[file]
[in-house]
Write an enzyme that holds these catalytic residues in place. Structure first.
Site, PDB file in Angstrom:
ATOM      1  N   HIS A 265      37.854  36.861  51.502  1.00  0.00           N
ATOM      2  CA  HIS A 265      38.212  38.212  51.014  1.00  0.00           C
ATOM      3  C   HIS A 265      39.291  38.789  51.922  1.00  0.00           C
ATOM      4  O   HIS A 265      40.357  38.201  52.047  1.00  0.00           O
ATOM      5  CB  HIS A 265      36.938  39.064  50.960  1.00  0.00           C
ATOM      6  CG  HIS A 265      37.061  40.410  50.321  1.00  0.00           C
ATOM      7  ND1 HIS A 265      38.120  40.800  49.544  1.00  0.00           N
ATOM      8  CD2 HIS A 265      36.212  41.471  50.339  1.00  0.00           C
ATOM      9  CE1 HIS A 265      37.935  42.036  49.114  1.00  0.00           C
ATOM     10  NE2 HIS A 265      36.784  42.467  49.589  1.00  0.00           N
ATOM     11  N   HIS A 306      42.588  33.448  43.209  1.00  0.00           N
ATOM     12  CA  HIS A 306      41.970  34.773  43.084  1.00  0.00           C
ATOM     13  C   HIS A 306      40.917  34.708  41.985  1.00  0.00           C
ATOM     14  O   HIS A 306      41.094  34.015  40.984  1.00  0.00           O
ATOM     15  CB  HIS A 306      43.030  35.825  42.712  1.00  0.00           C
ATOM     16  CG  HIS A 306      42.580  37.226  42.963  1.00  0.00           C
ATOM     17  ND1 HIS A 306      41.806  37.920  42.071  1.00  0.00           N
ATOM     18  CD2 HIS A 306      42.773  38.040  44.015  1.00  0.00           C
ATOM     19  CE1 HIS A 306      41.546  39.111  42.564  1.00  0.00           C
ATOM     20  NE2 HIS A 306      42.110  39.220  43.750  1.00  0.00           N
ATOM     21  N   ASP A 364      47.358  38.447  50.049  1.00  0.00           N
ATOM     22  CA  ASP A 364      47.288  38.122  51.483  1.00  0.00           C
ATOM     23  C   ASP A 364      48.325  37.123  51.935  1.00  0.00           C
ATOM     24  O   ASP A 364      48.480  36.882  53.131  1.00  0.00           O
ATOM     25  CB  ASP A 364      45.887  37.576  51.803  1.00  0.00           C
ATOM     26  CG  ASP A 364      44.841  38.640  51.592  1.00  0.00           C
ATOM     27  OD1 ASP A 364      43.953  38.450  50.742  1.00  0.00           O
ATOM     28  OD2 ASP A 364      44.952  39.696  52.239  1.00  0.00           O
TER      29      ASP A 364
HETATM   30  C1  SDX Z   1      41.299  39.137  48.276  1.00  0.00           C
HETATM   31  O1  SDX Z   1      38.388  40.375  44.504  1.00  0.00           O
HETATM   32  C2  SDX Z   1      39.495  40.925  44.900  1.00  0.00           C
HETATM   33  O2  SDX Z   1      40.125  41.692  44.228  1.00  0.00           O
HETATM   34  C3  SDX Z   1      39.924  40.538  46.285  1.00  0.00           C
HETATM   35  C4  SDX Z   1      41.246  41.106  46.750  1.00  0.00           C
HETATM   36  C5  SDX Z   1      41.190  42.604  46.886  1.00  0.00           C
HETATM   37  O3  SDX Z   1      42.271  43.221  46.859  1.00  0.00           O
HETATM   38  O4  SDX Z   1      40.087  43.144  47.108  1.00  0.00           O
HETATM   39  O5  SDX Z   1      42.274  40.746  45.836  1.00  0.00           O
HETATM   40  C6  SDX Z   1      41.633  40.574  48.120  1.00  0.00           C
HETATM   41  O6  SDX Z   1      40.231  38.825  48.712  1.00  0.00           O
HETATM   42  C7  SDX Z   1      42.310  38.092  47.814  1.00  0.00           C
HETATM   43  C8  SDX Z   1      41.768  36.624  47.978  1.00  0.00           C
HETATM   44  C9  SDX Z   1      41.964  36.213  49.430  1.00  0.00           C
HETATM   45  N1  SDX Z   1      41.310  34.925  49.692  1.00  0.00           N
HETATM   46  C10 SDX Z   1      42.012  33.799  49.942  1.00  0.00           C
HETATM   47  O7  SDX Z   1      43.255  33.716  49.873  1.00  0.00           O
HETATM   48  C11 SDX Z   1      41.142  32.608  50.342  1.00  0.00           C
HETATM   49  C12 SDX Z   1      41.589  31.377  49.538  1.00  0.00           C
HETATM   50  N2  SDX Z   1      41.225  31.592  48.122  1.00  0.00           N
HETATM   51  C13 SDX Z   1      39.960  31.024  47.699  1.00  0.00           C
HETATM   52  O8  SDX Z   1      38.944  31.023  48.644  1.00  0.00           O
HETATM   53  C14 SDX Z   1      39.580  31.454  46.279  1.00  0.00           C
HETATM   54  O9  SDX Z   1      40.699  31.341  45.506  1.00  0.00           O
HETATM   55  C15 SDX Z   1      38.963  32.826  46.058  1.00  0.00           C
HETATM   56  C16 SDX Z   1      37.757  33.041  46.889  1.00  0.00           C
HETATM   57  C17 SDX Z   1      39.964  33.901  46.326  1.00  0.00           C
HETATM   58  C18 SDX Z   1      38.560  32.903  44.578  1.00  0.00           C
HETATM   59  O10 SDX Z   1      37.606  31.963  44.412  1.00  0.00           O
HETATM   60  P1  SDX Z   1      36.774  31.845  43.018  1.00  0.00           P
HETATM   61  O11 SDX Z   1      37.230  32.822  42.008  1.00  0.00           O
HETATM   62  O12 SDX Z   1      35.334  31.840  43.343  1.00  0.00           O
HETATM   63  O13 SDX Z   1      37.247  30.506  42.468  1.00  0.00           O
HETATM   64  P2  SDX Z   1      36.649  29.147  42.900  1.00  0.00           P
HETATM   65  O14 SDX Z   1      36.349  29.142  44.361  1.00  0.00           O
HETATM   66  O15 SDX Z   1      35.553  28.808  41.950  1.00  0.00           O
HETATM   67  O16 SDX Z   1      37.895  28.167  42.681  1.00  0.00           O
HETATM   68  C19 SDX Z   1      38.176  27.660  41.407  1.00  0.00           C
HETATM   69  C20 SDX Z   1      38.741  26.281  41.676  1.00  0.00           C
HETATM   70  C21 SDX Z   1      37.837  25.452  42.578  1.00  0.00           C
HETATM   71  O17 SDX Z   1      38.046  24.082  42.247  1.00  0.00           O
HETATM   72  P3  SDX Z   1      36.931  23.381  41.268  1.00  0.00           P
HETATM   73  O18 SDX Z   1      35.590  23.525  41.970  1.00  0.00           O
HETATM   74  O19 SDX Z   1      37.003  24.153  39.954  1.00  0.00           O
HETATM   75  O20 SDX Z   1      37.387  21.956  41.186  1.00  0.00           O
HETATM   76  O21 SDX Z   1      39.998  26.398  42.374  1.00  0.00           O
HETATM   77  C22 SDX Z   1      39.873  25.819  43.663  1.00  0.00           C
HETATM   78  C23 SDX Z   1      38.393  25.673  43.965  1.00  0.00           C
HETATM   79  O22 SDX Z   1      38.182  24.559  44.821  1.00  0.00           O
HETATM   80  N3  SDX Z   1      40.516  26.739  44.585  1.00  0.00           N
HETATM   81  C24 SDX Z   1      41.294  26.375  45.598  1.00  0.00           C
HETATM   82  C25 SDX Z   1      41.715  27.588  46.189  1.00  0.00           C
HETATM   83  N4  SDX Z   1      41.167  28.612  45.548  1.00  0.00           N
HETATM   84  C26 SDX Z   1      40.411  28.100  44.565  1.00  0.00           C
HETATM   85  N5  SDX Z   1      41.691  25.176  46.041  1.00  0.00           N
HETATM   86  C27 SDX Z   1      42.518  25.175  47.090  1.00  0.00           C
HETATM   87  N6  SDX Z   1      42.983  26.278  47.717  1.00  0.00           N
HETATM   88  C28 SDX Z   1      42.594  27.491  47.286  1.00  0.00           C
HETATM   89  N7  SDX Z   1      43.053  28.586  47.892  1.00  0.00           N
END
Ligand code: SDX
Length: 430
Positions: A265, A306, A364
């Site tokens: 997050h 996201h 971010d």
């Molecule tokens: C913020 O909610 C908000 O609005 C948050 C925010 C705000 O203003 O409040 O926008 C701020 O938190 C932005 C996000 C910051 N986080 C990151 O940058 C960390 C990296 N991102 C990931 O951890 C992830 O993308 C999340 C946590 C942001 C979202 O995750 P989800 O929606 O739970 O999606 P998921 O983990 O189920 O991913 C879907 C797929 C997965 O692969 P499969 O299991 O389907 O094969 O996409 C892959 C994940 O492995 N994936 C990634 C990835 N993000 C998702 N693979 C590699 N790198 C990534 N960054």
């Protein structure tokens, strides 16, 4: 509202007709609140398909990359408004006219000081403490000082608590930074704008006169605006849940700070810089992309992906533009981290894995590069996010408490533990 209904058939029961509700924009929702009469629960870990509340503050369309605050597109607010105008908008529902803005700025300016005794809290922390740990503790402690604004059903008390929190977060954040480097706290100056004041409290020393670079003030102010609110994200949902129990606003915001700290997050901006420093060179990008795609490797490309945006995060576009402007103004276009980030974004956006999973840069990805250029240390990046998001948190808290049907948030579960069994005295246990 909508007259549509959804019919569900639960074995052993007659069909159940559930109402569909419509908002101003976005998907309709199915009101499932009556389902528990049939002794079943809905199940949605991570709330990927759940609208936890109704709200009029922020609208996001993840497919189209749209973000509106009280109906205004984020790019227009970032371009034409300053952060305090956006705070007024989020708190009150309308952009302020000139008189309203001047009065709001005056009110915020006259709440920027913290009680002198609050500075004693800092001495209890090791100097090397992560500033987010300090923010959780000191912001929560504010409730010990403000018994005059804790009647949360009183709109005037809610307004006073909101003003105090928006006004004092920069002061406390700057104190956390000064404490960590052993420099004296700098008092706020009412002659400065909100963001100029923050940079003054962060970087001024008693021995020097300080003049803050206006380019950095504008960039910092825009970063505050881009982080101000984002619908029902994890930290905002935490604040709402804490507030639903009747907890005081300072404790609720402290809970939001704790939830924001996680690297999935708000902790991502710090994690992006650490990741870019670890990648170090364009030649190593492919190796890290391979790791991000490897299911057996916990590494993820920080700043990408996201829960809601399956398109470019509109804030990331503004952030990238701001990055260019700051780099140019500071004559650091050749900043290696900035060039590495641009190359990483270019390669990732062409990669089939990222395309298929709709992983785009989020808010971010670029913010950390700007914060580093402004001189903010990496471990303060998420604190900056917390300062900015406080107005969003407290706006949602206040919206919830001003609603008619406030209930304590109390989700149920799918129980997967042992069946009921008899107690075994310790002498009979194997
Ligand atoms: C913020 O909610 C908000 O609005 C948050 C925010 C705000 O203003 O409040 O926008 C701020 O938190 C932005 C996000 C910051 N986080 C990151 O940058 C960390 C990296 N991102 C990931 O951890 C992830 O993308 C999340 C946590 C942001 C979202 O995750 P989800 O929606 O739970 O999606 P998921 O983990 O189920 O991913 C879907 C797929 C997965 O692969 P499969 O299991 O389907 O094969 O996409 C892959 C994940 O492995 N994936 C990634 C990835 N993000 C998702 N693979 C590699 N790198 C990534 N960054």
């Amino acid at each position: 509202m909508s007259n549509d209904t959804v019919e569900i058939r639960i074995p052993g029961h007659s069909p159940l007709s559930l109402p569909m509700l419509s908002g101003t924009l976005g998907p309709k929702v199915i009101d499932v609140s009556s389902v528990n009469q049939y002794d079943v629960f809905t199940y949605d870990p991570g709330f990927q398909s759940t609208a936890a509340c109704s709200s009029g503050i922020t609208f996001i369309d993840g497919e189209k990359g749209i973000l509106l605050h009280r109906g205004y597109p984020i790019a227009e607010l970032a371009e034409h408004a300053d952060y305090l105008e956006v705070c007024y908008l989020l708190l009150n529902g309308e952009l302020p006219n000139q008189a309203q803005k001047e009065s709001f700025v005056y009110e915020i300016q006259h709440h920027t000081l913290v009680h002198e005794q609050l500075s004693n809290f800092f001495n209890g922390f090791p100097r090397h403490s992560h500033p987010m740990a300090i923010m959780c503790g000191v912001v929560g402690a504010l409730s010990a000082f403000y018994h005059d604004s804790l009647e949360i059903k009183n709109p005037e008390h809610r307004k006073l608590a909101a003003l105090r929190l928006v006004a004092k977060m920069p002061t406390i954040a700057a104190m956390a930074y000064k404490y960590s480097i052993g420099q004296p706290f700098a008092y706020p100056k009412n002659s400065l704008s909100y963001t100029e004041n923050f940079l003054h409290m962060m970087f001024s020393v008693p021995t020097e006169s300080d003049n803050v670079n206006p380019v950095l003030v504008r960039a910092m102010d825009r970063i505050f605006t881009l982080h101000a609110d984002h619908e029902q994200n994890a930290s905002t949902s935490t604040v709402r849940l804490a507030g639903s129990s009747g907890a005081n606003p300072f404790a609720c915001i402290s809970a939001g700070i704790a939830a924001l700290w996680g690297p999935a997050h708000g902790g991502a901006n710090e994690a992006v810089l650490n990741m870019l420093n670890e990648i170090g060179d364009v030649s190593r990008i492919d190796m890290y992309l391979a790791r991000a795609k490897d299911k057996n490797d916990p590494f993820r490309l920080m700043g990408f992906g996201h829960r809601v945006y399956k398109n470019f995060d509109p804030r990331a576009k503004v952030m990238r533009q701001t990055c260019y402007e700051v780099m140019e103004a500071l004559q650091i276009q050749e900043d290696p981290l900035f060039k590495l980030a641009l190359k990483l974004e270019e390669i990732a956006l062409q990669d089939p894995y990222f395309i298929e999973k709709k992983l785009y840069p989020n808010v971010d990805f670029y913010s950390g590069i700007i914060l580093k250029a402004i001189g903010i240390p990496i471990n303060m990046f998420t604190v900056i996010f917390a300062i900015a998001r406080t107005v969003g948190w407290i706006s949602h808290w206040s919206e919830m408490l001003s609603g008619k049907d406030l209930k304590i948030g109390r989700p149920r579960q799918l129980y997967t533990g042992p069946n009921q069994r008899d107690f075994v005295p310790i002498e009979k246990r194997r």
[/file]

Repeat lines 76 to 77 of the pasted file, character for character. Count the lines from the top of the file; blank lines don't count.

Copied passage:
HETATM   73  O18 SDX Z   1      35.590  23.525  41.970  1.00  0.00           O
HETATM   74  O19 SDX Z   1      37.003  24.153  39.954  1.00  0.00           O